On Tuesday, May 20, a Spokane man who works downtown as a loan officer at a local bank, became a hero in the eyes of his sister and many of his co-workers. What follows is his story, as told by his sister, Candace Mumm.
Something really amazing happened in Downtown Spokane this week and I had to share the story with you. Some of you may know that my brother, Joel Armstrong, is a loan officer at Sterling Bank. He works downtown in a second story office building, overlooking busy Riverside Avenue. Several weeks ago he watched a mother duck choose the cement awning outside his window as the uncanny place to build a nest above the sidewalk. The mallard laid ten eggs in a nest in the corner of the planter that is perched over 15 feet in the air. She dutifully kept the eggs warm for weeks, and Monday afternoon all ten of her ducklings hatched.
Joel worried all night how the momma duck was going to get those babies safely off their perch in a busy, downtown, urban environment to take to water, which typically happens in the first 48 hours of a duck hatching.
Tuesday morning, Joel came to work and watched the mother duck encourage her babies to the edge of the perch with the intent to show them how to jump off! The mother flew down below and started quacking to her babies above. In his disbelief Joel watched as the first fuzzy newborn toddled to the edge and astonishingly leapt into thin air, crashing onto the cement below. My brother couldn't watch how this might play out. He dashed out of his office and ran down the stairs to the sidewalk where the first obedient duckling was stuporing near its mother from the near fatal fall. Joel looked up. The second duckling was getting ready to jump! He quickly dodged out of the duckling's sight under the awning while the mother duck quacked at him and the babies above. As the second one took the plunge, Joel jumped forward and caught it with his bare hands before it hit the cemen! t. Safe and sound, he set it by the momma and the other stunned sibling, still recovering from its painful leap.
One by one the babies continued to jump to join their anxious family below. Each time Joel hid under the awning, just to reach out in the nick of time as the duckling made its freefall. The downtown sidewalk came to a standstill. Time after time, Joel was able to catch the remaining eight and set them by their approving mother. At this point Joel realized the duck family had only made part of its dangerous journey. They had at least two full blocks to walk across traffic, crosswalks, curbs, and pedestrians to get to the closest open water, the Spokane River.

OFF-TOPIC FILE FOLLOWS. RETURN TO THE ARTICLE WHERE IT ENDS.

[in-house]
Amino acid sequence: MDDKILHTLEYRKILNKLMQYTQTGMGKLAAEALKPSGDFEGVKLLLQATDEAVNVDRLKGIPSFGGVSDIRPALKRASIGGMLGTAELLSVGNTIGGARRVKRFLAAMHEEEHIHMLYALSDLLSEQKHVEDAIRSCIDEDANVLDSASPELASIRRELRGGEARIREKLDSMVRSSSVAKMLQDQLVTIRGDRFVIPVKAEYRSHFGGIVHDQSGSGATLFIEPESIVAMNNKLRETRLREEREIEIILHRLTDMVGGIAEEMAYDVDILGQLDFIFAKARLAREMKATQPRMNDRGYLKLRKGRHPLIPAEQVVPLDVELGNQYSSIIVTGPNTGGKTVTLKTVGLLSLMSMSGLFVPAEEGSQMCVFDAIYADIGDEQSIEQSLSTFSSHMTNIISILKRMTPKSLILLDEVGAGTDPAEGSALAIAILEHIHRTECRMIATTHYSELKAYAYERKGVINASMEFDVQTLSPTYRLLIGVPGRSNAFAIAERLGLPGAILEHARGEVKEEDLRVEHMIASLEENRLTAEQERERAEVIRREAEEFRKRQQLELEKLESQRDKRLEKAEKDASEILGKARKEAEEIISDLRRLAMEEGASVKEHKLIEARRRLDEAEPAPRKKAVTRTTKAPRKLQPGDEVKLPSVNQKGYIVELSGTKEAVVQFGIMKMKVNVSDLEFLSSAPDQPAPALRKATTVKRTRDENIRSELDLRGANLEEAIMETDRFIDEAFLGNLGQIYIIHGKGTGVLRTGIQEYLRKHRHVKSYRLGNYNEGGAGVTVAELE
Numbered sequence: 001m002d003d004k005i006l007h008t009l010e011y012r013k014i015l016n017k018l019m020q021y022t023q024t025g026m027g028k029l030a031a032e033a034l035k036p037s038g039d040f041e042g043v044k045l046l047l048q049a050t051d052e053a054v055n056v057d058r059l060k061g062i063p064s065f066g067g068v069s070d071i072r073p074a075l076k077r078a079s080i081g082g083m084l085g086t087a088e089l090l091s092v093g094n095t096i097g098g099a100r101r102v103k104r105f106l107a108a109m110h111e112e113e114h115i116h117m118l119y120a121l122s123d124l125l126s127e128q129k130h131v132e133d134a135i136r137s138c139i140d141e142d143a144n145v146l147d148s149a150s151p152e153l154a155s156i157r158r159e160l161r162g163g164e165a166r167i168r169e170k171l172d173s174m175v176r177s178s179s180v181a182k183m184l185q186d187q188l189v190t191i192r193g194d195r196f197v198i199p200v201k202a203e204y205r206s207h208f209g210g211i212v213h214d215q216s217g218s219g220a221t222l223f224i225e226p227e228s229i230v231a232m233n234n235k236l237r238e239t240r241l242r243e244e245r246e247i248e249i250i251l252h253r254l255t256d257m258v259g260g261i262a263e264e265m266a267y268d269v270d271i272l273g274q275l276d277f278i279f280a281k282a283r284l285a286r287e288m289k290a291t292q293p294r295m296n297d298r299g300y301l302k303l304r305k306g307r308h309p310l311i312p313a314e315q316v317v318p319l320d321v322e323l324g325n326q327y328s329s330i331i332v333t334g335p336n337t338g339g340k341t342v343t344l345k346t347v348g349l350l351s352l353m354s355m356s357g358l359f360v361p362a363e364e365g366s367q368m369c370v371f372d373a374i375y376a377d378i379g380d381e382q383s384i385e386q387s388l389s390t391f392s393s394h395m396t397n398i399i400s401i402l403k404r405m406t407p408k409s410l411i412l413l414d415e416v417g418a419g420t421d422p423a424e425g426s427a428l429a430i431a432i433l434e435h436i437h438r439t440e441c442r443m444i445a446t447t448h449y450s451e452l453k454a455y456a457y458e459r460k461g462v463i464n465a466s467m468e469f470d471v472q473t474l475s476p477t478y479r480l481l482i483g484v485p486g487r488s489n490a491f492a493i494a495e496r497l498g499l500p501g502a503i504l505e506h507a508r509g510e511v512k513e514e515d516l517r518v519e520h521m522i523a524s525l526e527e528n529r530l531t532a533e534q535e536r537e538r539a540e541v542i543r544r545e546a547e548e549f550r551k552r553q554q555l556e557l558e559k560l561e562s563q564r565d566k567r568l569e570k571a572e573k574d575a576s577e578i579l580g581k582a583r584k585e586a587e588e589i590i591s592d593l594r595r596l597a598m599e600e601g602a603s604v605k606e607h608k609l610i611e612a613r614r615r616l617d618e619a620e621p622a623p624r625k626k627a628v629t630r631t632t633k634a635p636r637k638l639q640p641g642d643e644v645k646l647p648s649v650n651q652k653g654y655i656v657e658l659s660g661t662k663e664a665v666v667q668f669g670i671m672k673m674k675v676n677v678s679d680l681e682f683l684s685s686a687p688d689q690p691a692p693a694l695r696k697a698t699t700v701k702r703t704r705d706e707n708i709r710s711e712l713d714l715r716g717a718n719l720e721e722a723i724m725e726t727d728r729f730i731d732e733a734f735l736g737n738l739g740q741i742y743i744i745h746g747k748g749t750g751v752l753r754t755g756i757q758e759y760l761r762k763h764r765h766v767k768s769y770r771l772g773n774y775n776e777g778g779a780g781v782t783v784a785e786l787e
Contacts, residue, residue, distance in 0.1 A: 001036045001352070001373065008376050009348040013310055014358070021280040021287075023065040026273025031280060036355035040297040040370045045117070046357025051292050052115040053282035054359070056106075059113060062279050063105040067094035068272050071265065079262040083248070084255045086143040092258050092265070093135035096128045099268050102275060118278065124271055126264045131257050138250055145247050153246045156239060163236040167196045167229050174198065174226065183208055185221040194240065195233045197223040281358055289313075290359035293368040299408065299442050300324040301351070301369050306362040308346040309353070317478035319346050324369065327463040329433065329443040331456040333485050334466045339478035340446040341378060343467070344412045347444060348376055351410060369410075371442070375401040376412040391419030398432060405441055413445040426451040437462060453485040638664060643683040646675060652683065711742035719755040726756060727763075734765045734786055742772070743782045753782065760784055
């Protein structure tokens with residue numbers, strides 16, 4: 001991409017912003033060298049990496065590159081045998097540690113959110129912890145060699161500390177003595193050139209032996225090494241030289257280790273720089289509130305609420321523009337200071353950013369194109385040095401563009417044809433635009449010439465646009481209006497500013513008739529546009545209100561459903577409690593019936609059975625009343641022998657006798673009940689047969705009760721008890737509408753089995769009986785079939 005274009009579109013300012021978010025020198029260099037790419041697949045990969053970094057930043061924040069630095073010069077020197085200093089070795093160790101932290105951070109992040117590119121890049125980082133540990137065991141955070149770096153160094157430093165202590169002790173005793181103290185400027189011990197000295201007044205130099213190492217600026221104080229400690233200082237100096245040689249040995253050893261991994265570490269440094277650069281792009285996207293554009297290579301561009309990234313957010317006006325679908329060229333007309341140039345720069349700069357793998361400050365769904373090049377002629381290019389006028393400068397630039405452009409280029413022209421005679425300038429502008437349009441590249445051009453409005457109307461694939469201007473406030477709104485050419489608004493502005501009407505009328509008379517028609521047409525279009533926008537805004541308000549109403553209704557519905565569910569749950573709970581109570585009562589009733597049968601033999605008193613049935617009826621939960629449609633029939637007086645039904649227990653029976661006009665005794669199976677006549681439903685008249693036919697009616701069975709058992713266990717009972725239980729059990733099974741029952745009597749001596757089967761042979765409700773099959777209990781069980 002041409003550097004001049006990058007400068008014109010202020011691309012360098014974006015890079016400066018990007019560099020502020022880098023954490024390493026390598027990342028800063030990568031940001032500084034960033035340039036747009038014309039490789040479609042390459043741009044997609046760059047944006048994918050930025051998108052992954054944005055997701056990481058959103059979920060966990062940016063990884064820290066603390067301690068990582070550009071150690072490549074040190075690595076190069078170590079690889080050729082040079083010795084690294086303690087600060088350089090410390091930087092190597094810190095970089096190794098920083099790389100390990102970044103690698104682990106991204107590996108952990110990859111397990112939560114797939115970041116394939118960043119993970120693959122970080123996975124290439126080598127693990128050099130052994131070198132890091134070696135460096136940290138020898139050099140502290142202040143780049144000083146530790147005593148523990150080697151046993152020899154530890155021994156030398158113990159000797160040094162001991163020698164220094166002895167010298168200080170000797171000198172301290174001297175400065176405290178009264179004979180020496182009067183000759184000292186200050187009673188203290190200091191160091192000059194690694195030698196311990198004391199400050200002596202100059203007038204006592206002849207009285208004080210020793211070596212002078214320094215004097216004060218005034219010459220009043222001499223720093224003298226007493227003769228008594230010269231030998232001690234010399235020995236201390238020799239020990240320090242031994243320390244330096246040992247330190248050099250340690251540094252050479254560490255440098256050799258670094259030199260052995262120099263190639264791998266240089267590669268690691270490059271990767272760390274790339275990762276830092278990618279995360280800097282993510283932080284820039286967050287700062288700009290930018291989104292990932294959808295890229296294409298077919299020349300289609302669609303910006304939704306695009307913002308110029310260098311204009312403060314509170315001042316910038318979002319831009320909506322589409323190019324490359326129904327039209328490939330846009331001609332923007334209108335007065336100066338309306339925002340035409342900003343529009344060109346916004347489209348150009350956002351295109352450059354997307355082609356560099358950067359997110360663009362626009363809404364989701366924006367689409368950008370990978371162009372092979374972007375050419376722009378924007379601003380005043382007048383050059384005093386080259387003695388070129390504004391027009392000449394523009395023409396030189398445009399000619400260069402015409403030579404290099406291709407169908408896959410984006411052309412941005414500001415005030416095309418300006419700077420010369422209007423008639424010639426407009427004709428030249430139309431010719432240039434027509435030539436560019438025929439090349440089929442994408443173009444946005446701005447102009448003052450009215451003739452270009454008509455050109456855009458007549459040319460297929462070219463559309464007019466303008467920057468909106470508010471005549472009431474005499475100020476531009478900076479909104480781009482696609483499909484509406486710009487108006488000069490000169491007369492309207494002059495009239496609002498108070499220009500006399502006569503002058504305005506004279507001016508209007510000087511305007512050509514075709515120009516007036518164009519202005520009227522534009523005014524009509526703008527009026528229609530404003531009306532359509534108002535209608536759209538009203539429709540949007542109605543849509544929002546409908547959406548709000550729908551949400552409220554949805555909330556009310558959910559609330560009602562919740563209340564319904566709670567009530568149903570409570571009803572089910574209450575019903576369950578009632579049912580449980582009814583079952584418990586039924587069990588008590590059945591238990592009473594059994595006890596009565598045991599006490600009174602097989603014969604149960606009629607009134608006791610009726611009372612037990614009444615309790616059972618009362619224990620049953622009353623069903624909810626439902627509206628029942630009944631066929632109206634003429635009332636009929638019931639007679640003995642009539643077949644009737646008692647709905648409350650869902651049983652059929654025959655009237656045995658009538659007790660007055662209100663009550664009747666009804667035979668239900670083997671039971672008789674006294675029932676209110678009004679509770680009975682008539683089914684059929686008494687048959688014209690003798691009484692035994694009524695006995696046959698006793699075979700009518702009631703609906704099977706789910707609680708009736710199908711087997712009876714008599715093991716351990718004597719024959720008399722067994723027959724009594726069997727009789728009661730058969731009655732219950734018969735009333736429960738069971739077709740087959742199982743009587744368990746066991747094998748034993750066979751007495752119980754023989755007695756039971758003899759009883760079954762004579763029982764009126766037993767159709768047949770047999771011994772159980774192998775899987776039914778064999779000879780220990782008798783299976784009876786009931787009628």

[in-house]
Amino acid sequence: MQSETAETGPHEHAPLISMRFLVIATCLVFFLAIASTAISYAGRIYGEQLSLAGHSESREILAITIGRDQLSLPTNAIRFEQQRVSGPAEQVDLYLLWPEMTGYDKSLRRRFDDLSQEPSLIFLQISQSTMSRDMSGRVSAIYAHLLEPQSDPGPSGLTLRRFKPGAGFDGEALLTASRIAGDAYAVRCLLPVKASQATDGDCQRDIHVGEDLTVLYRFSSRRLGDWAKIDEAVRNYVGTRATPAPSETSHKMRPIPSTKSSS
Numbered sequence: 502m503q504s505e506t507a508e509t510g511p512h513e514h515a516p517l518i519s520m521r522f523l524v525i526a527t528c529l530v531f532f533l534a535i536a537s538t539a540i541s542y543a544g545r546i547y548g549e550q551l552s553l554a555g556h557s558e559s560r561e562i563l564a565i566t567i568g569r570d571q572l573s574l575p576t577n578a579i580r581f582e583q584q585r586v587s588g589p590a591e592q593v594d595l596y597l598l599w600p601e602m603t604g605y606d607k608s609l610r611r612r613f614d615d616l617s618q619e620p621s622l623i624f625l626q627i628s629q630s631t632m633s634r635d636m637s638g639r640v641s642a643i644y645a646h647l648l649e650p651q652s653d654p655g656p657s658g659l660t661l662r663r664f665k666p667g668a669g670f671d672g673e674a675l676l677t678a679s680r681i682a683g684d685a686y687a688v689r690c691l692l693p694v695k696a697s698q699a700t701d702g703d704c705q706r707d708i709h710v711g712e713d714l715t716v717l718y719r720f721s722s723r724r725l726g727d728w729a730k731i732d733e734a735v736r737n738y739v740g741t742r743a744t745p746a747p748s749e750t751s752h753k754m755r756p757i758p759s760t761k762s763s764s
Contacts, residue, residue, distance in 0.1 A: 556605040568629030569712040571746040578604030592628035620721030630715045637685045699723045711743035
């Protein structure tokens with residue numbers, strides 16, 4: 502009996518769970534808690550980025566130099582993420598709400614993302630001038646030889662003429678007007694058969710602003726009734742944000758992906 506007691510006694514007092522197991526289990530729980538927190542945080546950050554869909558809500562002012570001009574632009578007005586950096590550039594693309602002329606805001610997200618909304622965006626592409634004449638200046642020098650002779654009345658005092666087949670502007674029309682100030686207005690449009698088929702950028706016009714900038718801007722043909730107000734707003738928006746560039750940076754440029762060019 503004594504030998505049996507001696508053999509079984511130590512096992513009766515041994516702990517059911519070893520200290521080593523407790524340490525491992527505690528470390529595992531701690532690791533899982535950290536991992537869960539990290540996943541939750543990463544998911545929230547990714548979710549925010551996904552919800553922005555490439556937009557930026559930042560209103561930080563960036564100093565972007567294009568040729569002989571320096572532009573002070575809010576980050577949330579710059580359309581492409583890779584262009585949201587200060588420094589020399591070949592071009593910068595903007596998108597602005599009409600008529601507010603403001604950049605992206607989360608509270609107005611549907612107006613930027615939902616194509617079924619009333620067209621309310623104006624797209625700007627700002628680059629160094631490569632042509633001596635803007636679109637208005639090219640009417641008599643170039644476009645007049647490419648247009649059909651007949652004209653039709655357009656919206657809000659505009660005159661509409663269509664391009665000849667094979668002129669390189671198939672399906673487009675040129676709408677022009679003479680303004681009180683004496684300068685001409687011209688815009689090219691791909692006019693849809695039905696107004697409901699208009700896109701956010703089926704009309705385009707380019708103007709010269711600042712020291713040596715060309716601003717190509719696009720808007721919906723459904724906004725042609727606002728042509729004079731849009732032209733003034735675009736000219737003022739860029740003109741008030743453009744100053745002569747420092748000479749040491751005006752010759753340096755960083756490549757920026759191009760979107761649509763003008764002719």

The onlooking office co-workers then joined in and hurriedly brought an empty copy paper box to collect the babies. They carefully corralled them, with the mother's approval, and loaded them up into the white cardboard container. Joel held the box low enough for the mom to see her brood. He then slowly navigated through the downtown streets toward the Spokane River, as the mother waddled behind and kept her babies in sight. They walked block by block to the water’s edge. As they reached the river, the Sterling Bank office staff then tipped the box and encouraged the younglings, quite nervous from their adventurous ride, to walk toward the water and their mother. She approached her brood and marched them to the brink, ushering them with a splash into their new watery home.
All ten darling ducklings safely made the plunge and paddled up snugly to momma duck. Joel said the mom swam in circles, looking back toward the beaming bank workers, proudly quacking as if to say, "See, we did it! Thanks for all the help!"
Photos at http://www.spokane.net/stay_connected/HotTopics_DuckHero.aspx
The hero’s genuine caring and willingness to act is obviously inspiring. Interesting to note how the mother duck and his co-workers responded immediately to his authentic leadership in the situation.
Other points to ponder:
-the mother duck’s determined decision making in the face of obvious risks to her children
-the trust of the newborn ducks in the mother
-which of the following would make any difference to Joel’s sense of satisfaction:
o if he received no public recognition of his kind act
o if his co-workers did not join hands